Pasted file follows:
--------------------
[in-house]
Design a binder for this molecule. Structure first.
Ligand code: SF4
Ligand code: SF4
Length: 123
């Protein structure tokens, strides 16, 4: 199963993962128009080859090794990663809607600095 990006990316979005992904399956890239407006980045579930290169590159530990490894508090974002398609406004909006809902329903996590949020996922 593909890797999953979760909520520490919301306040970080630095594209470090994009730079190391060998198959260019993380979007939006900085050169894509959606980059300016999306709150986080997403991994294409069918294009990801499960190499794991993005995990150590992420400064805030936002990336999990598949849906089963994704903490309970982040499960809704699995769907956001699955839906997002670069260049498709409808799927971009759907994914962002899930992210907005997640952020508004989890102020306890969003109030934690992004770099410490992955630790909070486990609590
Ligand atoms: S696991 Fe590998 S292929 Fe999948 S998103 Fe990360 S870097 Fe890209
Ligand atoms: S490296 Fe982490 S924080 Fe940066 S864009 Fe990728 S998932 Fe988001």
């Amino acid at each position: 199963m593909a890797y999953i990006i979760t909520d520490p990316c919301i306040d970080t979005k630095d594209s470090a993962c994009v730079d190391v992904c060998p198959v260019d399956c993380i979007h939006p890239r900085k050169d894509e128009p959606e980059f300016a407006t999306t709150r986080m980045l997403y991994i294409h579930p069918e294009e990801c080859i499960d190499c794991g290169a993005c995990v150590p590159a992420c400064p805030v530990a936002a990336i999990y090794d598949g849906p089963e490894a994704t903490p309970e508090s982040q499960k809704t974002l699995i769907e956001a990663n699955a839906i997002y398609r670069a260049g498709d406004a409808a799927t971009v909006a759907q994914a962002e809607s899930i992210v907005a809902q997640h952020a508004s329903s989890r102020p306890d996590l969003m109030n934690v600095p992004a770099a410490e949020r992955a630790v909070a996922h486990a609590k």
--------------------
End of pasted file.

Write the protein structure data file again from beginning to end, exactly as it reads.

[in-house]
Design a binder for this molecule. Structure first.
Ligand code: SF4
Ligand code: SF4
Length: 123
């Protein structure tokens, strides 16, 4: 199963993962128009080859090794990663809607600095 990006990316979005992904399956890239407006980045579930290169590159530990490894508090974002398609406004909006809902329903996590949020996922 593909890797999953979760909520520490919301306040970080630095594209470090994009730079190391060998198959260019993380979007939006900085050169894509959606980059300016999306709150986080997403991994294409069918294009990801499960190499794991993005995990150590992420400064805030936002990336999990598949849906089963994704903490309970982040499960809704699995769907956001699955839906997002670069260049498709409808799927971009759907994914962002899930992210907005997640952020508004989890102020306890969003109030934690992004770099410490992955630790909070486990609590
Ligand atoms: S696991 Fe590998 S292929 Fe999948 S998103 Fe990360 S870097 Fe890209
Ligand atoms: S490296 Fe982490 S924080 Fe940066 S864009 Fe990728 S998932 Fe988001």
């Amino acid at each position: 199963m593909a890797y999953i990006i979760t909520d520490p990316c919301i306040d970080t979005k630095d594209s470090a993962c994009v730079d190391v992904c060998p198959v260019d399956c993380i979007h939006p890239r900085k050169d894509e128009p959606e980059f300016a407006t999306t709150r986080m980045l997403y991994i294409h579930p069918e294009e990801c080859i499960d190499c794991g290169a993005c995990v150590p590159a992420c400064p805030v530990a936002a990336i999990y090794d598949g849906p089963e490894a994704t903490p309970e508090s982040q499960k809704t974002l699995i769907e956001a990663n699955a839906i997002y398609r670069a260049g498709d406004a409808a799927t971009v909006a759907q994914a962002e809607s899930i992210v907005a809902q997640h952020a508004s329903s989890r102020p306890d996590l969003m109030n934690v600095p992004a770099a410490e949020r992955a630790v909070a996922h486990a609590k």